How Amazon Could Attack Android?

In News, Technology by sanjayjadhav


  • Android and iOS captured 94% of smartphone sales in 2013.
  • Although Android controls 78% of the market, the lead isn’t nearly as insurmountable as it seems.
  • Orienting native development around the web is one way Amazon could attack Android and win developers.

Apple (AAPL) and Google (GOOG) undoubtedly dominate the smartphone market. In 2013,?Android and iOS captured 94% of sales, according to Gartner, while Microsoft (MSFT) trailed in third place with a meager 3.2%. Although it seems?more likely?for a third operating system to survive outside of North America, Amazon (AMZN) still has an opportunity to plant a meaningful stake in the mobile landscape.

Apple has historically focused on the high-end, prizing hardware profits over unit volumes, intentionally ceding most of the market to others. Assuming Apple maintains this strategy, the battle for Amazon is more likely with Android for the majority of the market than with Apple for the high-end.

Since Apple’s revenue model revolves around hardware, the company can thrive at lower volumes provided its products command a price premium?-?much like how Chanel and other luxury companies operate. Amazon, conversely, is structured to monetize smartphones with software and services. 23% of the online retailer’s?operating profits?stemmed from transactions related to Kindle devices, from which it sells high-margin digital content like movies, videos, advertising, and books. Of course, each Kindle user also becomes easy prey for Amazon’s e-commerce services, the primary source of revenue.

If Amazon intends to monetize mostly with software and services, not hardware, this suggests a volume strategy and an attack on Android. Betting on volume and cheaper models also positions the e-commerce giant to more aggressively target emerging markets like China and India where?the cost of an iPhone can equal one month’s salary.

Although Android shipped on 78% of smartphones last year, the lead isn’t nearly as insurmountable as it appears. Samsung, the most popular Android vendor, only controlled 31% of the market and may defect from Google altogether, adopting its own operating system, Tizen. The remaining 47% were scattered across an array of manufacturers, none of whom held more than a 5% share. Because these manufacturers offer different devices, with different capabilities and different screen sizes, it is challenging for developers to publish apps compatible with all 78% of those Android phones. The resulting fragmentation means Amazon requires a much smaller slice of the market in order to threaten Android and present a compelling alternative to developers.

Attracting developers is pivotal. The value of smartphones is a function of apps and services, and how those apps and services enhance people’s lives. The more compelling the apps, the more compelling the smartphone.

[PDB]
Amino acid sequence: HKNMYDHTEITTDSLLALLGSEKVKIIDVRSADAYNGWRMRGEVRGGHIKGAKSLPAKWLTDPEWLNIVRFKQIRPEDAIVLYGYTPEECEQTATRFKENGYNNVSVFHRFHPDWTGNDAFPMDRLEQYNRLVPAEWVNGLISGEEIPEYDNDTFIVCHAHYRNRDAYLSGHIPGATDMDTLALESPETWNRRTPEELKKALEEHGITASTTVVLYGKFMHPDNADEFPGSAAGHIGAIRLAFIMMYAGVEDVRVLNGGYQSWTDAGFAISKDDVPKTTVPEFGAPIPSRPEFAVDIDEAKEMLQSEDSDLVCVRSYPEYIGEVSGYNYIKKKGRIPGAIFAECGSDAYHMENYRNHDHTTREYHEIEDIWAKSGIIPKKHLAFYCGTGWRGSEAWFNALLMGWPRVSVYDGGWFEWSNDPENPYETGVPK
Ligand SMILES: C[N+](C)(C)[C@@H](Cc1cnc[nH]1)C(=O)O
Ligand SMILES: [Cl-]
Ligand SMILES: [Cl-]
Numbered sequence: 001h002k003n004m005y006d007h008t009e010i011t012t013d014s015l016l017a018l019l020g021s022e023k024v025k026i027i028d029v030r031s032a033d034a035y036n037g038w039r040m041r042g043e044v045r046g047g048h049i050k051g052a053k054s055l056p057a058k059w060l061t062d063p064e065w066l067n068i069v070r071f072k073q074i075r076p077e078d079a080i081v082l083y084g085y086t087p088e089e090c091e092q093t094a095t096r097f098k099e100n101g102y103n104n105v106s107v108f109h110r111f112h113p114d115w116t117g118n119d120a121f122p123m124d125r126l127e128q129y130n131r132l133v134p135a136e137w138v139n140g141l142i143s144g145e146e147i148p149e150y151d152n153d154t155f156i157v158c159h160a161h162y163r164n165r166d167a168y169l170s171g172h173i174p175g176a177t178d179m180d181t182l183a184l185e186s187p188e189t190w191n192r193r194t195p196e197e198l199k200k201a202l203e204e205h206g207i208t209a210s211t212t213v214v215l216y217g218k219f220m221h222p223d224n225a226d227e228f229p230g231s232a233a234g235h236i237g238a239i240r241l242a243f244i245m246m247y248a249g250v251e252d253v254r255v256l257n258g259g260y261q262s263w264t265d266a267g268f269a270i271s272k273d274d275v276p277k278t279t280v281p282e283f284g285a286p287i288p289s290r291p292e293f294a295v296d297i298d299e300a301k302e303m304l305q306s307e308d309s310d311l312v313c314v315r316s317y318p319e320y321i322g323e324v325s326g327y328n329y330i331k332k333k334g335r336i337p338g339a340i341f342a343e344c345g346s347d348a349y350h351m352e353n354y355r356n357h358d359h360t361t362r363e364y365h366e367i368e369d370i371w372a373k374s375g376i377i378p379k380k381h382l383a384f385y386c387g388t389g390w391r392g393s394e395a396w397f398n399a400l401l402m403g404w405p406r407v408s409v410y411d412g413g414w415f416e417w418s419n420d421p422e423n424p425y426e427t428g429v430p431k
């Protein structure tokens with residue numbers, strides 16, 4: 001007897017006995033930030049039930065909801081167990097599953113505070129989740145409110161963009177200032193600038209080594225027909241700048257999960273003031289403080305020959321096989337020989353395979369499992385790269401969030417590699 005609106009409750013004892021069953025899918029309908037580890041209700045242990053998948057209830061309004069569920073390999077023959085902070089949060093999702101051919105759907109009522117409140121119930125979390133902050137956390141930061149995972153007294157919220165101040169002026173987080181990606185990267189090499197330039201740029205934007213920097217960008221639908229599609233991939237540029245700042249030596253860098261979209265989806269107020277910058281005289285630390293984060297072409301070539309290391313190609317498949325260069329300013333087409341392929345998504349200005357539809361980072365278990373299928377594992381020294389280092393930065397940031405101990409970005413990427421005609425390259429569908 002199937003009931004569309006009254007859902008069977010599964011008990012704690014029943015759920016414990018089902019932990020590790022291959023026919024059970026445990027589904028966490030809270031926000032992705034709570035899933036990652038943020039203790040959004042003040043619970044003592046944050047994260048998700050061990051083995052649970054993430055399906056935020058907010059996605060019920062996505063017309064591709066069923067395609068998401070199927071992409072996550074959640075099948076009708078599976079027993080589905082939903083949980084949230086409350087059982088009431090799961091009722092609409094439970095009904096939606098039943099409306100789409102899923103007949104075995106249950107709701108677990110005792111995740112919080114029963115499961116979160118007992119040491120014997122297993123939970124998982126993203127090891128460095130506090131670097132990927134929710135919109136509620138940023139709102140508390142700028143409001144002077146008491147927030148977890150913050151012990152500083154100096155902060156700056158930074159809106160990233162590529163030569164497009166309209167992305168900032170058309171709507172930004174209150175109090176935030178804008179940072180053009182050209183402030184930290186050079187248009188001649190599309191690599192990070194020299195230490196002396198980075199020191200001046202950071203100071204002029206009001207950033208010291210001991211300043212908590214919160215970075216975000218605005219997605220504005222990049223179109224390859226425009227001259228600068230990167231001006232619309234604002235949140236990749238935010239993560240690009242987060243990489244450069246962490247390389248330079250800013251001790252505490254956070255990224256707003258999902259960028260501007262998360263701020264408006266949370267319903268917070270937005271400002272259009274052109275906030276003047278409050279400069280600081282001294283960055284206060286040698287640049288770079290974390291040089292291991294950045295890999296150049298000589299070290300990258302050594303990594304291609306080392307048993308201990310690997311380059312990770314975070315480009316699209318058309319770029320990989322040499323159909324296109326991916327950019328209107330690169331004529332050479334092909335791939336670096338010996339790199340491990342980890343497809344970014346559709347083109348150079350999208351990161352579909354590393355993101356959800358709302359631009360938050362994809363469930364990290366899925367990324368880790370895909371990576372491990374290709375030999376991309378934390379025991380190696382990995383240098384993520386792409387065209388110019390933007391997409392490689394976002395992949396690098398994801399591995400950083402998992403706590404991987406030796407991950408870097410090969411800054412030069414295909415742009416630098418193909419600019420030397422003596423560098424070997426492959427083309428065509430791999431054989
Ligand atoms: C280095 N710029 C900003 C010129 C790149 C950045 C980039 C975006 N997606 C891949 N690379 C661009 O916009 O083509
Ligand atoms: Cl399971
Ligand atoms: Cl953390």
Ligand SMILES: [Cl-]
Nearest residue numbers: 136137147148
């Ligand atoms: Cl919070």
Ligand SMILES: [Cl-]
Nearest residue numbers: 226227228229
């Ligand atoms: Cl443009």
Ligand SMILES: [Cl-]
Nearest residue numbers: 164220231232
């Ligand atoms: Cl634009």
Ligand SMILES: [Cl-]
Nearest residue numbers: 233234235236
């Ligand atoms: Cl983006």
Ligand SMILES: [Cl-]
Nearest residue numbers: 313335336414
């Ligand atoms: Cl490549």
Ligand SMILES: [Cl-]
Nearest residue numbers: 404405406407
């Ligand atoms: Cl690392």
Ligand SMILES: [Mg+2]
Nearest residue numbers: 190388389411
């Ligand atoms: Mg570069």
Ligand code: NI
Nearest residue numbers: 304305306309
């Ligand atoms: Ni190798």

One way of luring enterprising developers is with innovative features like holographic 3-D images,?which the upcoming Amazon smartphone reportedly offers. Another way is to orient the native development platform around the web and instantly tap into an ecosystem of millions of software engineers.

Instead of imitating Apple and Google and relying on native apps, Amazon and Microsoft could pioneer a new development model and bake web apps into the heart of their smartphone platforms. Web apps have failed for several reasons, but as Chrome apps and PhoneGap apps prove, deep platform integration erases the disparity between native and web apps for most cases.

For instance, a re-imagined OS could enable web apps to enjoy one-click payments, push notifications, and access to the camera, microphone, and other hardware components?-?subject to the same constraints and controls imposed on native apps. Discovery could still happen in a central store, only this store contains both native and web apps. Web apps could get bundled like native apps and presented to users on screens exactly like native apps.

Shooting games and other performance-sensitive apps may require special extensions to JavaScript, HTML, and CSS?-?but these enhancements are not impossible and indeed are more practical when one company makes both the hardware and operating system. AppStream, the new streaming service from Amazon, also reduces performance concerns since it empowers apps to offload computationally intense tasks, like graphics rendering, to the cloud.

For developers, the appeal of web apps is faster release cycles and more freedom to experiment. The appeal for Amazon is instant access to a vibrant ecosystem of developers and a shorter path to compelling apps.

To entice developers, Amazon could invest $15M in a magnet program where they offer free devices to 10K developers and guarantee $100K in revenue to the top 100 applicants.

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